Eliot Zborowski, Count de Mountsalvain, was an aristocrat of Polish descent who at first lived in America. Married to Margaret Astor, he moved to Europe where he was attracted by the new phenomenon of motor racing. In the 1902 Paris-Vienna race he came second. When Selwyn Francis Edge won the Gordon Bennett Cup race in 1902, England was supposed to organize the next race but due to the Red Flag Act this was impossible. Zborowski came up with the idea that the race be organized in the republic of Ireland, and that the English cars should be painted green as a tribute to the good people of Ireland: this may well be the origin of British Racing Green.
When Eliot died in 1903 as a Mercedes factory driver at the La Turbie hillclimb near Nice, his son became of several richest teenagers in the world. Louis Vorow Zborowski bought the Higham Park estate and the former Bentley engineer Clive Gallop, working there, built the first aero-engined race car in the world for the young count, with a 23-liter Maybach airship engine and with the nickname "Chitty Bang Bang". Zborowski was instrumental in the creation of the Aston Martin company, raced at Indianapolis, at Spanish GT, the Shelsley Walsh hillclimb, and lost his life in 1924 as a Mercedes factory driver in the Grand Prix of Italy at Monza. Ian Fleming, the creator of the James Bond character, wrote a children's book based on his adventurous life.
Between 1930 and 1933 Lwow, one of the most significant Polish cities, hosted a street race more difficult than the Monaco GP! Apart from elevation changes the drivers had to contend with slippery cobblestones and tram rails embedded in the street surface. Pierre Veyron, the Bugatti factory driver, shone here in 1933, and the following Polish drivers performed extremely well: Henryk Liefeldt, Jan Ripper, Stanisław Hołuj and the woman driver, Maria Koźmian.
The main polish steam engine factory was located in Chrzanow. In the late 1930's a new type of express locomotive was built there, with two prototypes completed, one more conventional and one with a streamlined cowling. The aerodynamic properties of the streamlined Pm36-1 prototype were designed at the Aerodynamics Institute of the Warsaw Polytechnic, incidentally the same place where the aerodynamic package of the Arrinera Racing car was designed.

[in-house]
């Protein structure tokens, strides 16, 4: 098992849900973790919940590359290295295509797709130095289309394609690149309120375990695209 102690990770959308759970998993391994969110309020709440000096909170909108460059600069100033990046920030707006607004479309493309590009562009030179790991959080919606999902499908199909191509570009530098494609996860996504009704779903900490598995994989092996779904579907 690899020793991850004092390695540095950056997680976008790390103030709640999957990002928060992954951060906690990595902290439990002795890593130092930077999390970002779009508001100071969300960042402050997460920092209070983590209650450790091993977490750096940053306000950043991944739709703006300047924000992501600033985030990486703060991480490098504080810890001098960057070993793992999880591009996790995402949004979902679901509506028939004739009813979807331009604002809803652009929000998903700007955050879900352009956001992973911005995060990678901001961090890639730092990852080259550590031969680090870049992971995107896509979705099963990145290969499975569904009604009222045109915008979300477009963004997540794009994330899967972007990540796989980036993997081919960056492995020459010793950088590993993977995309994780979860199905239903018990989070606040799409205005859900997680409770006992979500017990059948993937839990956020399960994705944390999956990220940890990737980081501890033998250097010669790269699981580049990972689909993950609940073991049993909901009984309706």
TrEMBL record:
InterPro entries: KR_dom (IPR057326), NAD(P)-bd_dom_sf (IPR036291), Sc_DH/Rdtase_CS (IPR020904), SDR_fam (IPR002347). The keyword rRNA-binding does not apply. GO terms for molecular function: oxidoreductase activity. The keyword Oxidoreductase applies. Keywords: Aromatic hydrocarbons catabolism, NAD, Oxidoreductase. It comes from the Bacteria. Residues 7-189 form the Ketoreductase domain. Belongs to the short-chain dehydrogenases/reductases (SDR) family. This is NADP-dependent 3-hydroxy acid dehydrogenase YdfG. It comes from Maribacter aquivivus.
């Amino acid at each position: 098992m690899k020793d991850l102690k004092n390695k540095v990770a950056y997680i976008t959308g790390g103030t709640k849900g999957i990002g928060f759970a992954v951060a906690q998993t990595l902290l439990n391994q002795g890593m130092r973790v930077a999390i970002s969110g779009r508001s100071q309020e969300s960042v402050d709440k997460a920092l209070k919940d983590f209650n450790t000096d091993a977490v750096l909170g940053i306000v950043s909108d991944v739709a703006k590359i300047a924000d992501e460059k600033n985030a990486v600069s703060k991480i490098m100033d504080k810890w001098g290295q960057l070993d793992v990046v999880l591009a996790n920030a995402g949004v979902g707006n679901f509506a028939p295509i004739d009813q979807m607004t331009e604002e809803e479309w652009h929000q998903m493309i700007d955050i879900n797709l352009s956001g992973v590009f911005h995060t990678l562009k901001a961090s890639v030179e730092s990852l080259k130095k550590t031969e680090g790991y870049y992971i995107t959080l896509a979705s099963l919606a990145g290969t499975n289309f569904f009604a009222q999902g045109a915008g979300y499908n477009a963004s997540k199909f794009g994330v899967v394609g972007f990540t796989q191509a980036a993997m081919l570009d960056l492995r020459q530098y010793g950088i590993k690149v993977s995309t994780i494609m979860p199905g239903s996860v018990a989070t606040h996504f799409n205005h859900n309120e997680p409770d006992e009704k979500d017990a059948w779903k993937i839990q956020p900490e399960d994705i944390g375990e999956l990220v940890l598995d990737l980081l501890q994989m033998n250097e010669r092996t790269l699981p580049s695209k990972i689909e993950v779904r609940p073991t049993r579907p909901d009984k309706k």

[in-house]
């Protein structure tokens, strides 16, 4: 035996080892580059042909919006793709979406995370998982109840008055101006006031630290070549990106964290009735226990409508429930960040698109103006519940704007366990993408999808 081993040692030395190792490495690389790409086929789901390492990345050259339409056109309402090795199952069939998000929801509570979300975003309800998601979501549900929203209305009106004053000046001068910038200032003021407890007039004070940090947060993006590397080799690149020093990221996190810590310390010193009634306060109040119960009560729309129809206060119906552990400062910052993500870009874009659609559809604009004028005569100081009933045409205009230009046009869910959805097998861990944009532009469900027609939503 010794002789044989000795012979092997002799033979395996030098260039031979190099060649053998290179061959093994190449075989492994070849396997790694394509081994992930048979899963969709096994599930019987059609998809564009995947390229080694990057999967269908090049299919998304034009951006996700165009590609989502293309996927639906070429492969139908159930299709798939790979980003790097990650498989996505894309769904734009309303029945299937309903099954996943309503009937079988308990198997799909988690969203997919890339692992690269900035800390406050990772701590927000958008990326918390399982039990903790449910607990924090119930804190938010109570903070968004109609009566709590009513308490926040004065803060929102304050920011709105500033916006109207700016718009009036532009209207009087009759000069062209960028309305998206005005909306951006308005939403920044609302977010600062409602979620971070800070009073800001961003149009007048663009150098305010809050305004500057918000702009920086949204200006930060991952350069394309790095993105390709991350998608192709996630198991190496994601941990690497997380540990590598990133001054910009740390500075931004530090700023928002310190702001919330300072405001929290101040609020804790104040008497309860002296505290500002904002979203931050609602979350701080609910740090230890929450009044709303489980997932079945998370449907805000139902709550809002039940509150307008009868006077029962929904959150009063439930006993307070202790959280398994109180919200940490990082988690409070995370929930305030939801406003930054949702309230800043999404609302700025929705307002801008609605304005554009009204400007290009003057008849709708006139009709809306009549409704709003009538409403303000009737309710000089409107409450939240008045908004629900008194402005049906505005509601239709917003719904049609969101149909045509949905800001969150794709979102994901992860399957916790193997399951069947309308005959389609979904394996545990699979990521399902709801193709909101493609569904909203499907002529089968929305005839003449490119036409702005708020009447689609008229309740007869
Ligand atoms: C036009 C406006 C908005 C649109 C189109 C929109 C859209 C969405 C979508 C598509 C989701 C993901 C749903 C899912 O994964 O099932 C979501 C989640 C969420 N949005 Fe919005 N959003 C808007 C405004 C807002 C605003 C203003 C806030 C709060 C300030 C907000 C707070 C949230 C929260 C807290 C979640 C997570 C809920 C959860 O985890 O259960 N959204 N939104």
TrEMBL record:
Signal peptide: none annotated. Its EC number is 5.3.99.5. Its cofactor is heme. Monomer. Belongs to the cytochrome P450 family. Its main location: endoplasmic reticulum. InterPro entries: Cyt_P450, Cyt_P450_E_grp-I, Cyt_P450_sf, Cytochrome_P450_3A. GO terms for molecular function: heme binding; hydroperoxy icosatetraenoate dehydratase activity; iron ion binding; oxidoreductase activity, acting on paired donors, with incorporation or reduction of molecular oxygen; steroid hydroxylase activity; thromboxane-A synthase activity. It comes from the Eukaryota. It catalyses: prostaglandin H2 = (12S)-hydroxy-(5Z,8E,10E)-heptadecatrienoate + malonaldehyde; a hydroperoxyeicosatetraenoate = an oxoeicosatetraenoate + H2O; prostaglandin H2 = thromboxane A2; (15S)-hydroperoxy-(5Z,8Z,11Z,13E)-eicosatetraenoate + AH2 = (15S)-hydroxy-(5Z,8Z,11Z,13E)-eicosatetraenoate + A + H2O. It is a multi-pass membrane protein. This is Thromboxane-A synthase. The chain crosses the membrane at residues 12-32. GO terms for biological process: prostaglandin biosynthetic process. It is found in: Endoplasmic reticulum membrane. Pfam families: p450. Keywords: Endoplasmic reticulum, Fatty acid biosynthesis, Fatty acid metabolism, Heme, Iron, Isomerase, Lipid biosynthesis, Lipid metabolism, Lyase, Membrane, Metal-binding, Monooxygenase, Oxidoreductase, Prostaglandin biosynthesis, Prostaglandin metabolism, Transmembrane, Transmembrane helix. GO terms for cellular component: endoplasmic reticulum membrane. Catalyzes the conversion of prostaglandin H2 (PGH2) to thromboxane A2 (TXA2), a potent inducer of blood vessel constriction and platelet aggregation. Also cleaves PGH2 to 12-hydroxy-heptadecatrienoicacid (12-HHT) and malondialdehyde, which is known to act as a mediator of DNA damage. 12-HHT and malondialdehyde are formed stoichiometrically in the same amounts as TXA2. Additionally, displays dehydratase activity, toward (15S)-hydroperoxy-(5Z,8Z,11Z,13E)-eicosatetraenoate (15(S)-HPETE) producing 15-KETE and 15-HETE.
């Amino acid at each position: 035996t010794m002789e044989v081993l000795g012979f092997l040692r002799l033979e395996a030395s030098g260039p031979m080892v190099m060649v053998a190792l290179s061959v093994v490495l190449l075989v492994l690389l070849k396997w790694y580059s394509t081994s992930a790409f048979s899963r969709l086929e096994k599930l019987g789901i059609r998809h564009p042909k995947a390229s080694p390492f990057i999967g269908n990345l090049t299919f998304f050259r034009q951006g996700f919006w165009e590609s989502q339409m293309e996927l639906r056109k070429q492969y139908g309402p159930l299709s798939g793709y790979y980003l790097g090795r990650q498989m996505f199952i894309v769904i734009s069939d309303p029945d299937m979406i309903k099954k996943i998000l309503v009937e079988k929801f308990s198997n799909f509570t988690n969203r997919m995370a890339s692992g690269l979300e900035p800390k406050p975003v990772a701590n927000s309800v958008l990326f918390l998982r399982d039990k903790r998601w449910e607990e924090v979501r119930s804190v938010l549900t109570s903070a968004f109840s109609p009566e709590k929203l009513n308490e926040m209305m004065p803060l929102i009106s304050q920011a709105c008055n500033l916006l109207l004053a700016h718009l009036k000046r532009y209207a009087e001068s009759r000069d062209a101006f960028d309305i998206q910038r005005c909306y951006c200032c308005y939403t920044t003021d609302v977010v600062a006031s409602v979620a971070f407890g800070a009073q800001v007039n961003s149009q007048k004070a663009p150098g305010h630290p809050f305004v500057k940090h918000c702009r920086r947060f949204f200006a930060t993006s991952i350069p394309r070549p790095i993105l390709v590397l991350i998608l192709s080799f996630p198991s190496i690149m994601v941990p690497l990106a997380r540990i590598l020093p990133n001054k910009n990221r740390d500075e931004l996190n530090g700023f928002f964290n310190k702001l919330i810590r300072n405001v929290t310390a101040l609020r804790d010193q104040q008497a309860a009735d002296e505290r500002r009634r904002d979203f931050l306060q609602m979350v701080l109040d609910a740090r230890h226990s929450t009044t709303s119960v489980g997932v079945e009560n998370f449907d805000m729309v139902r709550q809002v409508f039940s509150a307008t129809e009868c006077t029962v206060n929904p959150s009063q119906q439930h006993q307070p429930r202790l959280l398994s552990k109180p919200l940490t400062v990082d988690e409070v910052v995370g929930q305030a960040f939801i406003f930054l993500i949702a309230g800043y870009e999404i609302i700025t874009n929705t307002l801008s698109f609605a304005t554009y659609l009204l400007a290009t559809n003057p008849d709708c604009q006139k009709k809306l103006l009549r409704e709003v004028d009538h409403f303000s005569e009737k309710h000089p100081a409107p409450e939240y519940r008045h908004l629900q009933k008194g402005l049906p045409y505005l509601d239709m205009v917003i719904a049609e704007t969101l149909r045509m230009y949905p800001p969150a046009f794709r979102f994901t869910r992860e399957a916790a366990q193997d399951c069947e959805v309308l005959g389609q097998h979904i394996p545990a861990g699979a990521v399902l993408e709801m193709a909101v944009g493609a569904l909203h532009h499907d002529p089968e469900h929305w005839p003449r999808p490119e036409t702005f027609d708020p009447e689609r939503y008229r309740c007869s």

The streamlined steam engine from Poland was awarded the gold medal at the Exposition Internationale des Arts et des Techniques in Paris in 1937. In Communist times it was faster than early electric trains…
Polish interwar aircraft industry started creating its own products, there was a strong drive to present them abroad in an attractive manner. The PZL Ł-2, a duralumin observation and reconnaissance plane with short takeoff and landing characteristics, was selected for a promotional long distance flight.
In 1931 a crew composed of Stanislaw Skarzynski and Andrzej Markiewicz performed a daring long-distance flight around Africa, with a total length of over 25 050 km. The flight proved the durability of Polish-designed and Polish-built aircraft to foreign customers.
Three centuries of history, two hundred years of memorable exploits and a legend which even today is alive: this is how one can describe in short the Polish hussarya cavalry, whose fascinating appearance still attracts attention today. Its daring charges often defeated enemies who heavily outnumbered the Polish cavalrymen.
This military formation was capable of defeating almost all types of military forces extant in Europe in its day. Thanks to the hussarya, Polish flags flew over the Kremlin in 1610, and the imperial capital of Vienna was saved from being captured by the Turks in 1683. Not only unbeatable, it was also deemed to be the most beautiful cavalry force in Europe, if not the world.
Philippe Dupont, who came to Poland around the year 1671, took part in all military endeavors of the king Jan IIi Sobieski. This is what he wrote about the hussarya cavalrymen: "This is the elite of all nobility, able to surpass with its looks, the beauty of its armament and horses and the richness of its equipment all that authors tell us about ancient Persians, Greeks and Romans, and all one can see in Europe and Asia. There is nothing more beautiful and enchanting than hussarya regiments riding across the plain in good weather."
For us, the most important period in Polish history is the interwar period, from 1918 till 1939. In less than 20 years our homeland managed to create from scratch an imposing industry, able to manufacture products that could easily be exported, Most of them required a high level of engineering and manufacturing expertise, among them aircraft, steam locomotives and various types of weaponry.
No other country, having just suffered 123 years of foreign occupation, managed such a feat in such a short time. Only 19 years passed from the end of the defensive war against the Soviets in 1920 and the start of WWII...